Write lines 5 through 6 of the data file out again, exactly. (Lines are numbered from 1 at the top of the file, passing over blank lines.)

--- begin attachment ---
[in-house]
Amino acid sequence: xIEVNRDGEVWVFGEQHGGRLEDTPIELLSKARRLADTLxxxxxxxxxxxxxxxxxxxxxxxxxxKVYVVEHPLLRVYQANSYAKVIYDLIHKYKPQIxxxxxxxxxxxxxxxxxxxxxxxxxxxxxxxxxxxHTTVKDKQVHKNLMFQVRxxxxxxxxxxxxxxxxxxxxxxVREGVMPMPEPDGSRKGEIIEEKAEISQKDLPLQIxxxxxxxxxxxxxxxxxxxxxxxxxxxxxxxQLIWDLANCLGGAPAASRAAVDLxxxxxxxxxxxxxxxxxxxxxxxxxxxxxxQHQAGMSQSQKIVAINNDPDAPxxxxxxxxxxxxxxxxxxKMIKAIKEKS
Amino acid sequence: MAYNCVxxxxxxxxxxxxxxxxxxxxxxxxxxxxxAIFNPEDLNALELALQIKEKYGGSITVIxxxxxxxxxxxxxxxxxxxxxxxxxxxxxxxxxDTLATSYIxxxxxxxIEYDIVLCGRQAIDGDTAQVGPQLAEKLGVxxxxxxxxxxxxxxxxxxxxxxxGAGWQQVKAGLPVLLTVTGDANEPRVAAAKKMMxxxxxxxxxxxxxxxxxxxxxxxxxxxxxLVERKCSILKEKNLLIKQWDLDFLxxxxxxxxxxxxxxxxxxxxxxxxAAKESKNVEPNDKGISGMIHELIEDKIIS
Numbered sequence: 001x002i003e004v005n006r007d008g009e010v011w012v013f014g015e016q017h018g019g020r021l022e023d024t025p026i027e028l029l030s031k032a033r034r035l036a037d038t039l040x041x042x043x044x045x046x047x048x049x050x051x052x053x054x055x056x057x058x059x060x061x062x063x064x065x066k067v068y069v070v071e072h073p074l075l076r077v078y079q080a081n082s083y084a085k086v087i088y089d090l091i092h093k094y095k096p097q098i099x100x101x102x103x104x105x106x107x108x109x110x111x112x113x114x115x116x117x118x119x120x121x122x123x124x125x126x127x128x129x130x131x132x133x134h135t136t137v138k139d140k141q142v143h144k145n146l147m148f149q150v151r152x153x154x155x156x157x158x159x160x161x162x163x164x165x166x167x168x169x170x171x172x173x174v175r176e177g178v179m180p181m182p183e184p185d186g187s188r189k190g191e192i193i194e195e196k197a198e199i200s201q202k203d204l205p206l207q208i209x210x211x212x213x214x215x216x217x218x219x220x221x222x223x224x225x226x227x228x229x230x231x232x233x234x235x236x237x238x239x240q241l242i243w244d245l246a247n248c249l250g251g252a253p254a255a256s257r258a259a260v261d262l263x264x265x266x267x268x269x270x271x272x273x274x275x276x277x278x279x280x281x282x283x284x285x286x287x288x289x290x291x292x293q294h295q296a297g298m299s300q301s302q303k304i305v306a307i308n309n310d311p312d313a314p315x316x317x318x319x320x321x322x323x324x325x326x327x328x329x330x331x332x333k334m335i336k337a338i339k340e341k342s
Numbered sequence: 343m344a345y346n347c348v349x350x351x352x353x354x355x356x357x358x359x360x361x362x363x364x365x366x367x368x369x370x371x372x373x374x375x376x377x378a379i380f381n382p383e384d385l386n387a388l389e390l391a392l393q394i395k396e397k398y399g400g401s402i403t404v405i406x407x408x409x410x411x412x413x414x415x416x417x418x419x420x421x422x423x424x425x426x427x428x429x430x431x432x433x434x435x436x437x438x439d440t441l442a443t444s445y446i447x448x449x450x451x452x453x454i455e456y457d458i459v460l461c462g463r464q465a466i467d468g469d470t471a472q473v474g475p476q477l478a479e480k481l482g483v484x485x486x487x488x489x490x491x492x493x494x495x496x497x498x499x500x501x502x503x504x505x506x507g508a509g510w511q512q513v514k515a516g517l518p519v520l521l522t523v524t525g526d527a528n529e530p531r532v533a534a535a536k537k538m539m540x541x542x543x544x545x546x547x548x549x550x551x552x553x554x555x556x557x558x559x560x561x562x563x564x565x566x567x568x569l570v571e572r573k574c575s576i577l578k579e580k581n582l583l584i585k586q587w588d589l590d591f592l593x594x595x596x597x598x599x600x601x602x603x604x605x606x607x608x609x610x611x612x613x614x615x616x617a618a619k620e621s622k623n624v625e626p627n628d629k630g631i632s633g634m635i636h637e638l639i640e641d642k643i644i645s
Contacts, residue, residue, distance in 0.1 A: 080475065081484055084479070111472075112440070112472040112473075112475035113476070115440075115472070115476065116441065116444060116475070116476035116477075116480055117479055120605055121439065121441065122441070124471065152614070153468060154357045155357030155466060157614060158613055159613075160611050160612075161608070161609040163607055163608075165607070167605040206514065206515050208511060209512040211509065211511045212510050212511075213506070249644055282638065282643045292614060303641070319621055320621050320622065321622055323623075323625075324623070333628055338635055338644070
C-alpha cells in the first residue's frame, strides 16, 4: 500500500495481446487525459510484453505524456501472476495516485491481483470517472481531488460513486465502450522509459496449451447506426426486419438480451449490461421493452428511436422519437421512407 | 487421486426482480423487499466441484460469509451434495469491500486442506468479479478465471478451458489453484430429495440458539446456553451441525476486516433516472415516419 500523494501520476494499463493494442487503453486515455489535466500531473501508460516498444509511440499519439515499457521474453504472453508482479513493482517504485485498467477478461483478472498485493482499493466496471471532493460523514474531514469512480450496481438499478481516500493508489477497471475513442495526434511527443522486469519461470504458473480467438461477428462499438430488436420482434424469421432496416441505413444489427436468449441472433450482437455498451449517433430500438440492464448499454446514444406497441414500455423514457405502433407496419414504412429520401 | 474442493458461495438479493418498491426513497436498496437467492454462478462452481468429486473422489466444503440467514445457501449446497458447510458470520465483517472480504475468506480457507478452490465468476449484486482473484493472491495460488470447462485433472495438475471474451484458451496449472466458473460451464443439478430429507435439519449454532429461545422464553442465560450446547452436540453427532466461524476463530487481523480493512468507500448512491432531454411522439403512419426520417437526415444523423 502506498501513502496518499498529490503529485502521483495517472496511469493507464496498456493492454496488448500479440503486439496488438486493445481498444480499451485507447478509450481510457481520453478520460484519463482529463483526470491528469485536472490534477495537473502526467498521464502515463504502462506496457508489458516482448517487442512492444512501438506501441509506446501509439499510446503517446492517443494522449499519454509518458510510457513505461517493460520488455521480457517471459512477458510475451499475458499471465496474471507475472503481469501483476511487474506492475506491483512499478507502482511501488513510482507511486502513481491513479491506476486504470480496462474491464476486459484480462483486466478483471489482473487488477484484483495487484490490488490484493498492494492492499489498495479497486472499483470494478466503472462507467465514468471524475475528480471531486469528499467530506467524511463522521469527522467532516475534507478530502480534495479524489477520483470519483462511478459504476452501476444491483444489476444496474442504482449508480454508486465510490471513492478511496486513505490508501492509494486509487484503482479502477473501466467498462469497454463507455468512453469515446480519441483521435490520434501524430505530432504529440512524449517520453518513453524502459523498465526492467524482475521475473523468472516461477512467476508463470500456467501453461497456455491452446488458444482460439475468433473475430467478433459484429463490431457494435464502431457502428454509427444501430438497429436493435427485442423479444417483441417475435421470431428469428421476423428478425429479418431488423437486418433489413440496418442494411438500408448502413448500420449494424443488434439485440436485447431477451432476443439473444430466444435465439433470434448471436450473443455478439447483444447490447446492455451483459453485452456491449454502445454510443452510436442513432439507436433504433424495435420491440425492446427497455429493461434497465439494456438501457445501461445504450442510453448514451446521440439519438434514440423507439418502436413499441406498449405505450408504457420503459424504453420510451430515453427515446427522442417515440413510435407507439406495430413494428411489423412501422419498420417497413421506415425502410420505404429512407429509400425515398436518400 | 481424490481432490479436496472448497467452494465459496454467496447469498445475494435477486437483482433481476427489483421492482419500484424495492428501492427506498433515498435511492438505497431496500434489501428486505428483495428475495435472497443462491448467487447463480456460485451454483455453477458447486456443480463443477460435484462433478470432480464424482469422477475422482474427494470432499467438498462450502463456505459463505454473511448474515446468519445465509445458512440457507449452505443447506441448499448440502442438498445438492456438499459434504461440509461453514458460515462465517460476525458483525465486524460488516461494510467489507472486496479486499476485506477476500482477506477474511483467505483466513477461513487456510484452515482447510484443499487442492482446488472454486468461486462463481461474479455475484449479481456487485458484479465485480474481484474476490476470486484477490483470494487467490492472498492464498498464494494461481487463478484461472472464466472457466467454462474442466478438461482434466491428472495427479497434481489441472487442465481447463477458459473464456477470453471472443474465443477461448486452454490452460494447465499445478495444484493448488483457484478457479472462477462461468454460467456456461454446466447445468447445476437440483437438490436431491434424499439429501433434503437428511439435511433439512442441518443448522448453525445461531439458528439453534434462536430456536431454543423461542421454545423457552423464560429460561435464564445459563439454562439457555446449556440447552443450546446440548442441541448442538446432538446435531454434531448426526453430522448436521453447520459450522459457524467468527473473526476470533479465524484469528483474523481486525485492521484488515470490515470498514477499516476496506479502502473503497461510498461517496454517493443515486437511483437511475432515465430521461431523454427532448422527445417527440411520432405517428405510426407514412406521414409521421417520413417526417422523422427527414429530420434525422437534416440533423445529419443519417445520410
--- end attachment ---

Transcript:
Numbered sequence: 343m344a345y346n347c348v349x350x351x352x353x354x355x356x357x358x359x360x361x362x363x364x365x366x367x368x369x370x371x372x373x374x375x376x377x378a379i380f381n382p383e384d385l386n387a388l389e390l391a392l393q394i395k396e397k398y399g400g401s402i403t404v405i406x407x408x409x410x411x412x413x414x415x416x417x418x419x420x421x422x423x424x425x426x427x428x429x430x431x432x433x434x435x436x437x438x439d440t441l442a443t444s445y446i447x448x449x450x451x452x453x454i455e456y457d458i459v460l461c462g463r464q465a466i467d468g469d470t471a472q473v474g475p476q477l478a479e480k481l482g483v484x485x486x487x488x489x490x491x492x493x494x495x496x497x498x499x500x501x502x503x504x505x506x507g508a509g510w511q512q513v514k515a516g517l518p519v520l521l522t523v524t525g526d527a528n529e530p531r532v533a534a535a536k537k538m539m540x541x542x543x544x545x546x547x548x549x550x551x552x553x554x555x556x557x558x559x560x561x562x563x564x565x566x567x568x569l570v571e572r573k574c575s576i577l578k579e580k581n582l583l584i585k586q587w588d589l590d591f592l593x594x595x596x597x598x599x600x601x602x603x604x605x606x607x608x609x610x611x612x613x614x615x616x617a618a619k620e621s622k623n624v625e626p627n628d629k630g631i632s633g634m635i636h637e638l639i640e641d642k643i644i645s
Contacts, residue, residue, distance in 0.1 A: 080475065081484055084479070111472075112440070112472040112473075112475035113476070115440075115472070115476065116441065116444060116475070116476035116477075116480055117479055120605055121439065121441065122441070124471065152614070153468060154357045155357030155466060157614060158613055159613075160611050160612075161608070161609040163607055163608075165607070167605040206514065206515050208511060209512040211509065211511045212510050212511075213506070249644055282638065282643045292614060303641070319621055320621050320622065321622055323623075323625075324623070333628055338635055338644070